Donovan Will ran the Ironman 70.3 kilometer event in January, fueled by a vegan diet. His accomplishments, like those of other vegan athletes, prove that it is possible to go vegan and still compete at the top of the game.
A native of Cape Town, South Africa, Will told Ecorazzi that he believes eating animal-based products cause disease and animal agriculture is “the most environmentally damaging industry in the world,” which are some of the reasons he went vegan. Along with running marathons, Will participates in cycling and snowboarding.
Will shares his dietary choices on Instagram. Breakfast often consists of a chickpea omelet, a smoothie and oats. Lunch and supper include vegetables, rice and potatoes, along with selections from Fry’s Family Foods, for which he is a brand manager. Will supplements occasionally with vitamin B12, multivitamins and L-glutamine when his eating isn’t quite up to par.
Olympian Meagan Duhamel
Olympic pairs figure skater Meagan Duhamel credits her vegan diet for much of her success on the ice. The Canadian woman represented her country, along with skating partner Eric Radford, at the 2014 Winter Olympics in Sochi, Russia, where they placed seventh. While she originally thought she would try a vegan diet until after the 2010 Winter Olympics, she liked it so much that she’s a vegan for life. Her vegan diet keeps her slim, which helps Radford during the many times lifts her during practice and competitions. He notes that in pair competition, the woman’s weight can affect performance and scoring.
Duhamel has also become a certified holistic nutritionist.
Ultimate Fighting Championship vegan winner
Probably the last place you’d think to encounter a vegan is in Ultimate Fighting. In March, vegan fighter Nate Diaz beat Ireland’s Conor McGregor in the UFC 196 fight held in Las Vegas. In the tough world of UFC fighting, McGregor received a lot of ribbing — to put it mildly — about being beaten by a vegan fighter.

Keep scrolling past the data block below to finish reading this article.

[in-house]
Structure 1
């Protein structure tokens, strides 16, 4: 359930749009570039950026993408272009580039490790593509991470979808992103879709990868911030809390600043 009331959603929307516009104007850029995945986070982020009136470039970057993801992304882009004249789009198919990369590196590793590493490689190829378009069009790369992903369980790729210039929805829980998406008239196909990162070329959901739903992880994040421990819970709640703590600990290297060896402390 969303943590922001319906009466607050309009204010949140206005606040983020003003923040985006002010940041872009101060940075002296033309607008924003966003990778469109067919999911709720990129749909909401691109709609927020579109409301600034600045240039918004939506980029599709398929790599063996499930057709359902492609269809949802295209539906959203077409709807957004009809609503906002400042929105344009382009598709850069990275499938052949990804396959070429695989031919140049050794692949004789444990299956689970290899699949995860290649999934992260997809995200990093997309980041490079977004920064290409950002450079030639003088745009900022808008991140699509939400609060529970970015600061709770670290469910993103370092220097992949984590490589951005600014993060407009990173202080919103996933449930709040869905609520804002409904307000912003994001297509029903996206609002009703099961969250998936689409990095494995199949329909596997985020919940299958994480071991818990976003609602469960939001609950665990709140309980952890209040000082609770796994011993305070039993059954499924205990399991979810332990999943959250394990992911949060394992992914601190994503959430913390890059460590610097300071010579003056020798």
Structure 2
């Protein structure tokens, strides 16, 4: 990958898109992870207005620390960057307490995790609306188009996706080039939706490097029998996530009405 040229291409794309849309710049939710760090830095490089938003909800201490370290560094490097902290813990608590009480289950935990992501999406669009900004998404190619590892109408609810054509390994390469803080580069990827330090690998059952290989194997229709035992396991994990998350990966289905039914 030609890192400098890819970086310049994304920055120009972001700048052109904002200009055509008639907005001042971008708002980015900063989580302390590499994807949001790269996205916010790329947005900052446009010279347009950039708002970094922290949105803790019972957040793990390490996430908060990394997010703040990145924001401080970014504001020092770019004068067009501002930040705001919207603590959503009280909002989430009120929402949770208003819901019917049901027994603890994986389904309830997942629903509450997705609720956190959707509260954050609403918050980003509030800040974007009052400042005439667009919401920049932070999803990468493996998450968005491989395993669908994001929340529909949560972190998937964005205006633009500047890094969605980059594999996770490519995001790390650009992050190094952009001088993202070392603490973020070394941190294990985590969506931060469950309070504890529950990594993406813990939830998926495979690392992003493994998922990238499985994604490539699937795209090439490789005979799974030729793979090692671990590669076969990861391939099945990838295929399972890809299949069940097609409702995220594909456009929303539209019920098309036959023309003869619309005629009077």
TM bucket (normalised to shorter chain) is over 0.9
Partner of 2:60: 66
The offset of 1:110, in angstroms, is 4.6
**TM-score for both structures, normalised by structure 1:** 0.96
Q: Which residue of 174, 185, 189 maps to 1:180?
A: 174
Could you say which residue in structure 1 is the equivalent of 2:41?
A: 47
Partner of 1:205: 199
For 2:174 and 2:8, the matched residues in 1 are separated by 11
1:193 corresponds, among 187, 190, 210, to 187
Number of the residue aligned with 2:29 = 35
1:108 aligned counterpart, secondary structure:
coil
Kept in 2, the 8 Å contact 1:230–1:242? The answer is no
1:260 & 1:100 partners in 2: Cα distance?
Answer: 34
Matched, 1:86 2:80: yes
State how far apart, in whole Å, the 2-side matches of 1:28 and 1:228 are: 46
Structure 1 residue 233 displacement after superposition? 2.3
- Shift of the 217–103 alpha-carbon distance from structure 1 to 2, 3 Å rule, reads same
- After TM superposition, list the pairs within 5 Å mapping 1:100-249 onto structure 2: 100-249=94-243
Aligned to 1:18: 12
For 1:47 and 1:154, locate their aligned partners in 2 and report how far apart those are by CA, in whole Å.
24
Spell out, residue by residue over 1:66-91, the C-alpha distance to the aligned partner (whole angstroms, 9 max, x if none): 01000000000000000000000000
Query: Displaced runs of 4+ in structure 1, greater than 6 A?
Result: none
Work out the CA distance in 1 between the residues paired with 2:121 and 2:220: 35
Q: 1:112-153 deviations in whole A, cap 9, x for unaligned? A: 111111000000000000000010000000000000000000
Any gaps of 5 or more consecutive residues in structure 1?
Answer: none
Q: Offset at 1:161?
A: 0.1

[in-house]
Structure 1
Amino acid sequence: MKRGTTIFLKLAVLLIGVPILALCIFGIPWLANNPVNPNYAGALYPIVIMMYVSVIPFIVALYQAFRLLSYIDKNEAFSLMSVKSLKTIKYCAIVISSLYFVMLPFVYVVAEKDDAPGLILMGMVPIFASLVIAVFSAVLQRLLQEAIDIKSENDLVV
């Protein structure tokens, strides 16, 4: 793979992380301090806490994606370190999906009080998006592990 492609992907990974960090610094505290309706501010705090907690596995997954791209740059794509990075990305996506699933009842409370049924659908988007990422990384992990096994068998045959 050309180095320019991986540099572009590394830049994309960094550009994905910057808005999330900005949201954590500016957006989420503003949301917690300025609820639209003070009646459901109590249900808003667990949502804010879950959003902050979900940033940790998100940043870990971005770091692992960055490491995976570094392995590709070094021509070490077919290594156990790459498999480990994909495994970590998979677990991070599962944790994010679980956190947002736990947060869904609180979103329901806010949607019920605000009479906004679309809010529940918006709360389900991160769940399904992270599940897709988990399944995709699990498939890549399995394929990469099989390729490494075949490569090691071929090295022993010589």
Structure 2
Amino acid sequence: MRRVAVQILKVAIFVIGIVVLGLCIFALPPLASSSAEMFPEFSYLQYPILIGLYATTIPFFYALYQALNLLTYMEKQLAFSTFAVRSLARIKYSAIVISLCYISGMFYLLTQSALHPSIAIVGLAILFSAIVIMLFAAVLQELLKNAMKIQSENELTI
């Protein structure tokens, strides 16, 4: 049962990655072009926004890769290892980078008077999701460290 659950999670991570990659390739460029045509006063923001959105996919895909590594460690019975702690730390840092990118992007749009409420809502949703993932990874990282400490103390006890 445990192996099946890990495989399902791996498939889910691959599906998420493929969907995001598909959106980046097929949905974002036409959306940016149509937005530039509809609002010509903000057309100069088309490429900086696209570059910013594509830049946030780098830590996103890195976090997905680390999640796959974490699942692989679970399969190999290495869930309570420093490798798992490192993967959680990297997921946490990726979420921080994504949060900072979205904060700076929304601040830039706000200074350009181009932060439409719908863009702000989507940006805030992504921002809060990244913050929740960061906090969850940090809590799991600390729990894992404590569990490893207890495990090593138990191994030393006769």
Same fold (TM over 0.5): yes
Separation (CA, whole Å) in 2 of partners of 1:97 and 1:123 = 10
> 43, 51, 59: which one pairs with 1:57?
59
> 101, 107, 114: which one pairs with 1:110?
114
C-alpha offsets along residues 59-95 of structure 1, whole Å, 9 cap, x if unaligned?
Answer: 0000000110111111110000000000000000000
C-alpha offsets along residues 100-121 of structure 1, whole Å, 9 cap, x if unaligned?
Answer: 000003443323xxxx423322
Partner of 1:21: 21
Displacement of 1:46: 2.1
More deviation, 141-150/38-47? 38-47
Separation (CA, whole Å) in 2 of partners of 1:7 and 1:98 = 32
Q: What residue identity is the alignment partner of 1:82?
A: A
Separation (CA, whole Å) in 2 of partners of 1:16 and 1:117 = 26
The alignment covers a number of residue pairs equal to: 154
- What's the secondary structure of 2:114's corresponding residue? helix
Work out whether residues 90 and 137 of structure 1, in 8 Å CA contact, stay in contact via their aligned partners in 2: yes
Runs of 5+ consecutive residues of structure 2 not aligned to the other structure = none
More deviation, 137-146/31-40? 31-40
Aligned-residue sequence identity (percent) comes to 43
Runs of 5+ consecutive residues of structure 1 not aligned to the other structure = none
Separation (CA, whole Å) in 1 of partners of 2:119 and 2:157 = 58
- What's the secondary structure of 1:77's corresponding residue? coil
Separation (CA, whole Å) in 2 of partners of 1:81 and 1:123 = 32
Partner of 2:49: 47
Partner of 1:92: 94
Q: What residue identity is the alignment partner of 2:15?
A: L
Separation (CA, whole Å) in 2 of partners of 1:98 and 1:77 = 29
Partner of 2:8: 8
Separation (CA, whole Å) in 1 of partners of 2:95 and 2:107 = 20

Diaz has been eating vegan since his mid-teens, and he’s now 29. These days, he eats raw vegan — consumption of unprocessed, raw foods that have not been heated. The idea is that heating destroys natural enzymes necessary for protein building. Diaz’s older brother Nick, 33, another UFC legend, got him started on the raw diet. The two of them are living proof that vegans can kick butt.
The B12 dilemma
For vegans, obtaining sufficient amounts of vitamin B12 — available only in meat — is a dilemma. The New York Times quotes Dr. David Nieman, professor of health and exercise science at Appalachian State University, as saying that while B12 is important for endurance athletes because it affects the production of red blood cells, supplements or soy milks or cereals supplemented with B12 will suffice. Nieman himself is a vegetarian and has run dozens of ultra-marathons and marathons.
Sport nutrition expert Nancy Clark notes that while research on vegan and vegetarian athletes is relatively sparse, “anecdotally, people do fine.” In her view, “hard training trumps everything.” Clark says that vegan athletes must eat a great deal of protein daily, because while there are excellent plant-based protein sources, protein from meat is more bio-available.
Even more successful athletes are vegetarian rather than strictly vegan. Consuming dairy and eggs are easy ways to obtain protein, so it makes sense that certain athletes don’t go completely vegan but opt to skip meat.
Nieman warns that it’s possible for athletes to receive sufficient carbohydrates for performance whether they are vegetarian or omnivores, but they can’t follow a “goofy” diet. “It’s possible to eat a lousy vegetarian diet, just as you as can eat a lousy meat-based diet,” he says in The New York Times.
Making the choice
If you’re an athlete and decide to go vegan, make sure you’re not on a “goofy” diet. Consult a holistic nutritionist to help create the best meal plans for your needs, along with possible supplementation. Then go out there and win.
Jane Meggitt graduated from New York University and worked as a staff writer for a major New Jersey newspaper chain. Her work on pets, equines and health have appeared in dozens of publications, including The Daily Puppy, The Nest Pets, Horse News, Hoof Beats and Horseback magazines.